By April 14, Cumberland was in Nairn, while the prince's army was only 10 miles west at Drummossie. Charles's Quartermaster General, John William O'Sullivan, decided that the best approach was to try and catch the Hanoverian forces by surprise. The Pretender's troops, by then tired out and hungry, marched to Nairn, only to find Cumberland's forces awake - they were celebrating their leaders 25th birthday. The Highlanders were then forced to trudge back to Drummossie, where they arrived, exhausted and demoralised, just after dawn.

Unknown to them, however, word had reached Cumberland that the enemy forces had tried to pounce on him. Knowing full well how tired and hungry the Jacobites were, he decided to attack them when they were at their weakest. The two sides finally faced each other at Drummossie Moor, better known as Culloden, in a howling, freezing gale, on Wednesday, April 16, 1746. It was, as the prince's general Lord George Murray observed, a hopeless place to fight a Highland battle.

For the first time during the entire campaign, Charles decided to take personal command of his troops. He was outnumbered from the start - his 5000, ill shod, untrained and hungry men stood against nearly double the number of well fed, well equipped Hanoverians. Cumberland positioned his men, who were only about 400 yards away from the Jacobites, in two lines. The first was expected to break when the Highlanders attacked, but the second was carefully laid out three deep to provide massive and continuous firepower.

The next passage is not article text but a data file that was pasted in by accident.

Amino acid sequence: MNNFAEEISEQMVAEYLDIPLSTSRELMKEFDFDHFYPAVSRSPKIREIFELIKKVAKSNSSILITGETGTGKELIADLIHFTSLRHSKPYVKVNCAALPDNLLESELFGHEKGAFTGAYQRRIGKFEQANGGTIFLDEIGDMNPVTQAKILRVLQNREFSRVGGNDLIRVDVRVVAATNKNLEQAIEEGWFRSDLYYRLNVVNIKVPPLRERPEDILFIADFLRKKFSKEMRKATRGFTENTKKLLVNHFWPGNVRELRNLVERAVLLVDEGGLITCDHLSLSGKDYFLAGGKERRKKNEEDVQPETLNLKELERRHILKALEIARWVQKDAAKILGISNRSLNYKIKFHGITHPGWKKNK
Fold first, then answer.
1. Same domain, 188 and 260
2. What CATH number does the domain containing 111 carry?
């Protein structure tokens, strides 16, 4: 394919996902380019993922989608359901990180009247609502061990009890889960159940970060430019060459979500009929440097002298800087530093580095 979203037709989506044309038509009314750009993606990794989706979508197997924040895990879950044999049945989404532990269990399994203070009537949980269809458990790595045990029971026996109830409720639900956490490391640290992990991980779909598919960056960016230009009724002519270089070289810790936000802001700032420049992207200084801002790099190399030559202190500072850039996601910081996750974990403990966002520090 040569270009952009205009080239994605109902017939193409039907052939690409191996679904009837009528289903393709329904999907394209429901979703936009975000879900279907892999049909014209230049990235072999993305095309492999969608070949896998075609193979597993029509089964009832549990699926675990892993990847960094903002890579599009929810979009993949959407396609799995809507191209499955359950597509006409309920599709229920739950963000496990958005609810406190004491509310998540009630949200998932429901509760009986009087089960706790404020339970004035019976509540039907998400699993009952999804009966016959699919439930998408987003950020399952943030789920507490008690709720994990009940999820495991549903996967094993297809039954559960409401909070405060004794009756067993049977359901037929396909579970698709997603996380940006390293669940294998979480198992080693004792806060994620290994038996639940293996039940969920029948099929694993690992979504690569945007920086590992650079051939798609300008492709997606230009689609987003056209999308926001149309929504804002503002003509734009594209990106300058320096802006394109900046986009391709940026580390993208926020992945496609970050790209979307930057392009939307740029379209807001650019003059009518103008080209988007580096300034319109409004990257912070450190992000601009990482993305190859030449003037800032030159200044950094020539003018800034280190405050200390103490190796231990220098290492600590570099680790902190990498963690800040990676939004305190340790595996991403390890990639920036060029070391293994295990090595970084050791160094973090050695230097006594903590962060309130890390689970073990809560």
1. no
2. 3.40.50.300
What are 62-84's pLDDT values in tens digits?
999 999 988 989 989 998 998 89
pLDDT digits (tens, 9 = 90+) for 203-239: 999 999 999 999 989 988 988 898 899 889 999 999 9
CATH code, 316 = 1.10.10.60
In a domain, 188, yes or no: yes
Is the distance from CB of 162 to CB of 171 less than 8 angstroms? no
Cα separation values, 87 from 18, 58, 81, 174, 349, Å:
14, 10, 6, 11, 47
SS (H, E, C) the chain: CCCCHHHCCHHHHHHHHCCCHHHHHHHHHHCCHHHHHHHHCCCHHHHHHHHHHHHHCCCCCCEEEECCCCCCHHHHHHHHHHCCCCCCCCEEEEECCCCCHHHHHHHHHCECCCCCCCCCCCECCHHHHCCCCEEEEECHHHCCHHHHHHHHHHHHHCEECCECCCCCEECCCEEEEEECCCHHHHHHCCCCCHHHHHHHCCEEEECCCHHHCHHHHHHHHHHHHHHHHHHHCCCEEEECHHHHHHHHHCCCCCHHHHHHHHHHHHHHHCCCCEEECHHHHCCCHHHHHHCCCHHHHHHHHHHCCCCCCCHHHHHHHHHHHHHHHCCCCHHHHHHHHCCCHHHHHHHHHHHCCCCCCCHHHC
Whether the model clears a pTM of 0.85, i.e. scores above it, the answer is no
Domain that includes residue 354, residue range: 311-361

The battle began with an artillery barrage by the Hanoverian forces. It lasted only a few minutes, but cut down many of the prince's men before they had a chance to charge. When the charge finally came, despite all Cumberland's carefully prepared positions, the fierce Highlanders still managed to break through the Hanoverian left flank. It was not enough to overcome the disadvantages of inferior firepower and sheer weight of numbers.

The battle was over in less than an hour and some 750 of the Jacobites lay dead, while only about 360 Hanoverians had been killed. Cumberland had proved to be an astute commander during the battle - but the aftermath earned him the notorious nickname of "Butcher" and ensured that his name would be forever tarnished north of the border.

Determined to stamp the king's authority on a rebellious people, he let loose his soldiers in slaughter. The wounded were murdered where they lay and any prisoners were shot. A group of men found in a local barn, for instance, were simply locked in and left to burn to death. In all, some 450 people, including innocent bystanders and women and children, are reckoned to have been slaughtered after the battle.

Some Jacobites were luckier - if you could call it that.

They were taken to Inverness, where they were put into jail, churches and even ships. There, many died of their wounds or of the cold. The government was determined to make an example of the leaders of the rebellion. Some - among then Lord Lovat, who had not even been involved at the battle at Culloden - were tried and executed. Others were imprisoned for life.